Are the choices we make our own?

di Ilaria Miligi - 28 Febbraio 2021

  from Rome, Italy

DOI: 10.48256/TDM2012_00178

We, as social animals, are influenced by what others do, by our peers and friends’ advice and opinions. What happens if governments broadcast messages aiming to influence people on a large scale? Would you ever imagined that simply by telling people about the great amount of citizens that pay taxes on time the UK’s Behavioural Insights Team, also called ‘nudge unit’ has improved the on-time tax payments by 2.367 million since 2010 (Lourenco et al., 2016) ? And this is only one example out of thousands behavioural hints that bring citizens to make better choices. This leads us to posit many questions: ‘Is behavioural policy a good thing?’ , ‘Is nudge helpful?’, if yes ‘For whom is a good thing and who sets the parameters for such choice?’


What is nudge? 

Since the publication of the book ‘Nudge: Improving Decisions about Health, Wealth and Happiness’ written by Richard Thaler, the behavioural economist that was awarded the Nobel prize in 2017, and Cass Sunstein, the american legal scholar that has worked in the government, now professor at Harvard Law School, the concepts of ‘nudge’ and ‘libertarian paternalism’ have become increasingly popular in academia and among public policy makers (Conly, 2012; Kahneman, 2012; Lunn, 2014; Schwartz, 2014; Sunstein, 2014). Behavioural economics and nudge are two different concepts, indeed  ‘The former is a scientific subdiscipline; the latter is a particular way to apply its findings to policy, which holds that policymakers should avoid regulations that limit choice (bans, caps, etc.) but can use behavioural science to direct people towards better choices’ (Lunn, 2014).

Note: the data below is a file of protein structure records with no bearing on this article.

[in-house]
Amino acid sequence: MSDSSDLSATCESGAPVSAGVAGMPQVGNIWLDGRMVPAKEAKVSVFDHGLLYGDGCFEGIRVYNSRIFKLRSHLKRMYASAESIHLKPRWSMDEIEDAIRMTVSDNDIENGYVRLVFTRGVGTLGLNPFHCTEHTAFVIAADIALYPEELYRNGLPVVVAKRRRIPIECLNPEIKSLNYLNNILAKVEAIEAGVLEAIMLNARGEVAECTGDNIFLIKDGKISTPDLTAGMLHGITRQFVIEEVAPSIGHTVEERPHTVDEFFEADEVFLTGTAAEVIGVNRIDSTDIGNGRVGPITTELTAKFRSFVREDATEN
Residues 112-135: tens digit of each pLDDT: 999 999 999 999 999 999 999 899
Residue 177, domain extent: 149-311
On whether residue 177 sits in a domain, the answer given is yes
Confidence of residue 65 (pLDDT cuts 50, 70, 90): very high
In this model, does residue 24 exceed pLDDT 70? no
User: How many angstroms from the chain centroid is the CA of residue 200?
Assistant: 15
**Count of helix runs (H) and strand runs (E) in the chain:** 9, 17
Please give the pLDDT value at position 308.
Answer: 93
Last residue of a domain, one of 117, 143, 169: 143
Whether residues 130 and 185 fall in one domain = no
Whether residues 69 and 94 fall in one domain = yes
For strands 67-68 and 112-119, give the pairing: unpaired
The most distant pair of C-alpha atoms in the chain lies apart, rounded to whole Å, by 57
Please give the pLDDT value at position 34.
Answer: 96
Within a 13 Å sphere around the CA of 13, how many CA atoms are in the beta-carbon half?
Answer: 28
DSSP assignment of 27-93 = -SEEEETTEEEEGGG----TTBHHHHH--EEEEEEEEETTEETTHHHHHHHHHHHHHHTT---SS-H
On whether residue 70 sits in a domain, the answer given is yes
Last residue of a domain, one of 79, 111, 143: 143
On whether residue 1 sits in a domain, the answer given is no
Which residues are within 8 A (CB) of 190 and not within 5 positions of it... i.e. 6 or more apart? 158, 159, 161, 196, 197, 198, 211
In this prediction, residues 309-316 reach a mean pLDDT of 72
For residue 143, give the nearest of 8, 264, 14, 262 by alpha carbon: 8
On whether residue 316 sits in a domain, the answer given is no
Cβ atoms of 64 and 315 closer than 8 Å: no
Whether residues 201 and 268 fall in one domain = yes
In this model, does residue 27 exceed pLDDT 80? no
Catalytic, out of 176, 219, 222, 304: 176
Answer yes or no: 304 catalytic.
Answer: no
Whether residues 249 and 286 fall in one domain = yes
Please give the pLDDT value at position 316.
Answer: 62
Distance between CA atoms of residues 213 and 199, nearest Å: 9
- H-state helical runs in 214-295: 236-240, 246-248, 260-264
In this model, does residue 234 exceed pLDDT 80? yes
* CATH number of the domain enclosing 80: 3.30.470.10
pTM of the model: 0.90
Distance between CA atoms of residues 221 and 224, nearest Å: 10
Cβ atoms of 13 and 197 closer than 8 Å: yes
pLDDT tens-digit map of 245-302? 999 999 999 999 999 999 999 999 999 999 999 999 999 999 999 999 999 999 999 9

The concept of nudge and libertarian paternalism are entangled in academic debates and public policy domains because choice architecture consists in influencing people’s decisions by limiting their freedom in the name of ‘what is good’ for the state. Indeed, a nudge is defined by Sustein and Thaler as ‘a function of (I) any attempt at influencing people’s judgment, choice or behaviour in a predictable way (1) that is made possible because of cognitive boundaries, biases, routines and habits in individual and social decision-making posing barriers for people to perform rationally in their own declared self-interests and which (2) works by making use of those boundaries, biases, routines, and habits as integral parts of such attempts’ (2003). 


What is libertarian paternalism ? 

This concept deals with the other side of the coin or the preservation of freedom of choice. Indeed paternalism was defined by Thaler and Sustein in 2003 as part of the ‘American economic Review’ with respect to paternalistic policies. They defined a policy as paternalistic if it influences ‘the choices of the affected parties in a way that makes these parties better off’ (Sunstein and Thaler, 2003). Furthermore, it is called ‘libertarian paternalism’ because it does not involve any coercive attempt, rather it is an approach that preserves freedom of choice, though authorising institutions to steer people in a direction that promotes their welfare (Thaler and Sunstein, 2003). Many argued that their definition of nudge and paternalism is a contradiction itself, but more information is needed to understand the relationship between paternalism and nudge (Hansen, 2016; Mitchell, 2004).